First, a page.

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NEW YORK — Social networking Web sites popular among the young and affluent have made some luxury brands feel out of step. Ideeli.com, a cross between YouTube or Facebook and Net-a-porter.com, was developed for those labels.
The Web site, which is promoted as “a members-only shopping community for trendsetting women,” offers in-season and past-season luxury products at discounts of 50 to 90 percent, as well as weekly giveaways.
The idea is about subliminal marketing and captive audiences. Here’s how it works: Ideeli.com members get a text message or e-mail that a sale or contest is about to begin. That’s the bait. Before they can win or buy anything, however, they must read some carefully crafted copy about the brand. Oscar de la Renta, Jimmy Choo, Burberry and Prada — they’re the hook — are among the labels that pay a fee and have used or are now using Ideeli.com to reach customers.
Consumers who participate are prompted to spread the word, sharing information much as they do on YouTube or Facebook.
“We found that there is a real need for [luxury brands] to respond to the rise of social media and manage how they’re perceived online,” said Ideeli.com founder and chief executive officer Paul Hurley. “The core customer for all the top luxury brands is spending more time online than less-affluent customers. They’re using their peers’ opinions to help form opinions about what they like and don’t like. [Brands] need to engage this audience. Technology has made this more powerful.”
While “everybody knows the top brands,” Hurley said, recognizing a luxury name and knowing a brand intimately are two different things, and when it comes to high-end products, subtle design nuances and details can inspire loyalty. “How do you get an affluent customer who is time-starved to understand the key details of a new collection and how they’re different from competition,” Hurley said. The site is also being used by brands to drive traffic to stores.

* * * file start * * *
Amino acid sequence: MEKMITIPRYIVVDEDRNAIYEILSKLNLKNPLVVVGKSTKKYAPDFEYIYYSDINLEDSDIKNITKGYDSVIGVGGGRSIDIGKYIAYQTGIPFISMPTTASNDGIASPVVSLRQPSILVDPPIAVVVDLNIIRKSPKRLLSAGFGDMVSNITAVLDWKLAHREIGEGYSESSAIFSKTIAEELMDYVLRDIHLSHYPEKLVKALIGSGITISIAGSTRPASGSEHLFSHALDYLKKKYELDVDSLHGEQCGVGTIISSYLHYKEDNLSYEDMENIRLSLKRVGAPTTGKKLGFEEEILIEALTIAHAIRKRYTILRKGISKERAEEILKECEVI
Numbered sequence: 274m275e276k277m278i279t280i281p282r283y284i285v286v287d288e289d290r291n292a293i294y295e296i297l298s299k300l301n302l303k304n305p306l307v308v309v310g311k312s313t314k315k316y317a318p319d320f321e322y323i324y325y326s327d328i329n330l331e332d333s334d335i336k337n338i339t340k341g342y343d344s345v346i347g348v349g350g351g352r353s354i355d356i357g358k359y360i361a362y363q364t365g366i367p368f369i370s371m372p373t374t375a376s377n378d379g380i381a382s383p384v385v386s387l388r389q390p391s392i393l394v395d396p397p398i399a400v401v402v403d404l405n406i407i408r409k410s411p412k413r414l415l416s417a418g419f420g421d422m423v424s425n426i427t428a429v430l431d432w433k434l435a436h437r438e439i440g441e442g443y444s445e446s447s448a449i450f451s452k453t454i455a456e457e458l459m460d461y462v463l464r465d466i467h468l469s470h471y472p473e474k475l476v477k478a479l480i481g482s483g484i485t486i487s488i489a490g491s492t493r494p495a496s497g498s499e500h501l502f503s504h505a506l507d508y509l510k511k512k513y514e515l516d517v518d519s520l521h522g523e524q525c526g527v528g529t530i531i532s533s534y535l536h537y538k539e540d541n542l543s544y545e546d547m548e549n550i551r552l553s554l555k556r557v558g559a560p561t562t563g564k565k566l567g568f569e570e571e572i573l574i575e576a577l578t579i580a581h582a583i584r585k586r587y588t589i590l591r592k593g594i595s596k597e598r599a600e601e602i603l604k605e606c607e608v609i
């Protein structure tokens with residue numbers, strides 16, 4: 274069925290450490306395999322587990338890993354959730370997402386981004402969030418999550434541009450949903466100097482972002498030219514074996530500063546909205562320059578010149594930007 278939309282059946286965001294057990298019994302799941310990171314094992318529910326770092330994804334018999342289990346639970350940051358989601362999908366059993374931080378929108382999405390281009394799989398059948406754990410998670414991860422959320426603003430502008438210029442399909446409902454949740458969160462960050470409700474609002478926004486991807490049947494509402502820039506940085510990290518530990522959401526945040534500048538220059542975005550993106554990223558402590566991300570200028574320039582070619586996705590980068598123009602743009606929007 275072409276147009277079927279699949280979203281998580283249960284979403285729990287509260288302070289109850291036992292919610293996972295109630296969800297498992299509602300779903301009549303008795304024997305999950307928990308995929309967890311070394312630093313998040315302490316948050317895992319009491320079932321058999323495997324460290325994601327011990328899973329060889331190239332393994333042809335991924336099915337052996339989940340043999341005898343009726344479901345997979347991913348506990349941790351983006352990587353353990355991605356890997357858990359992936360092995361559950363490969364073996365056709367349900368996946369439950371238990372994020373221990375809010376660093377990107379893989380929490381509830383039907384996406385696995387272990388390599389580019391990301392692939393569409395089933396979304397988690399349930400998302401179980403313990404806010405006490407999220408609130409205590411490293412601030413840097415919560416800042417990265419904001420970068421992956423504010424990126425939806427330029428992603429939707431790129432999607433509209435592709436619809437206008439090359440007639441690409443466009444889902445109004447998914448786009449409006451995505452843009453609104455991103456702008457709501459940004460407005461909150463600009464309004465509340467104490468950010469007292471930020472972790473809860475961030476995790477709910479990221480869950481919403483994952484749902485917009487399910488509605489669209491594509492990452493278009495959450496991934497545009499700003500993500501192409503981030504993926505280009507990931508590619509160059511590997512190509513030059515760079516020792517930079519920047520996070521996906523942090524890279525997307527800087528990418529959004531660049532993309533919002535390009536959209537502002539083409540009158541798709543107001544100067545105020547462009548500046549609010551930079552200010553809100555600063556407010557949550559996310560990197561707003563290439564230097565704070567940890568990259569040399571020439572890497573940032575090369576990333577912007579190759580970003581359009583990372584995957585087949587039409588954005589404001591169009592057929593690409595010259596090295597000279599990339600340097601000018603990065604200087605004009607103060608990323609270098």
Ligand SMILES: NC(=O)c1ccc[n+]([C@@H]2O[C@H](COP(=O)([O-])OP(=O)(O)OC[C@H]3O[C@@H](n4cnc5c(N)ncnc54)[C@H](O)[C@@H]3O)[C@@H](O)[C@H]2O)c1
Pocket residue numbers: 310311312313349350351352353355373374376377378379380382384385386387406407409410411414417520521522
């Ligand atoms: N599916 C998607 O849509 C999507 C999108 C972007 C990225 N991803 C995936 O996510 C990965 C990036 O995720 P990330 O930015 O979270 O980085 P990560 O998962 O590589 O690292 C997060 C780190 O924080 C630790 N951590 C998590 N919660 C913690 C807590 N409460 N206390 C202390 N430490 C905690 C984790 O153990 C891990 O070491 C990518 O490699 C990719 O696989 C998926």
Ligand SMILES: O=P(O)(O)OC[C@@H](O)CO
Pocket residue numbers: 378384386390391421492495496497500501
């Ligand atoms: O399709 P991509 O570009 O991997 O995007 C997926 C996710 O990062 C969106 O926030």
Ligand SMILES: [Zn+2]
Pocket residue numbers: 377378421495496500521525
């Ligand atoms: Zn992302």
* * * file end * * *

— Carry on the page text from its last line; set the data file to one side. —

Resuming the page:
Ideeli.com, which had a soft launch in May, in December received $3.8 million in funding from Kodiak Ventures and angel investors. The site has more than 10,000 members, which Hurley said will rise dramatically in the first quarter.
Premium subscriptions entitle a member to shop sale items for one hour before all other members, and be notified of a sale or giveaway via text message. The cost is $7.99 per month. Standard memberships are free, but consumers quickly learn that if they want to get in on a sale or win a freebie, they’ll need that premium upgrade. “We use the metaphor of a private sale to capture attention,” Hurley said. “Members can go to the Coming Soon section to see a list of sales, but don’t know when they will start.”
“We want to maintain the image of scarcity,” Hurley said. “Things sell out very rapidly and we make sure we generate more demand than we actually have.”
Baccarat has participated in three giveaways on Ideeli.com. “We wanted to introduce our jewelry in a new media setting,” said Jaime Jimenez, director of public relations at Baccarat North America. “Social Web sites reach luxury buyers and they get engaged in the broader picture of the brand. We have a link on Ideeli.com to our new ad campaign [photographed] by Ellen von Unwerth. A lot of consumers check out the jewelry we’re giving away and then check out the campaign and get more involved with the brand. We’re reaching a younger customer who may not be saying, ‘I’ve got to walk into Baccarat and buy 12 [crystal] stems.'”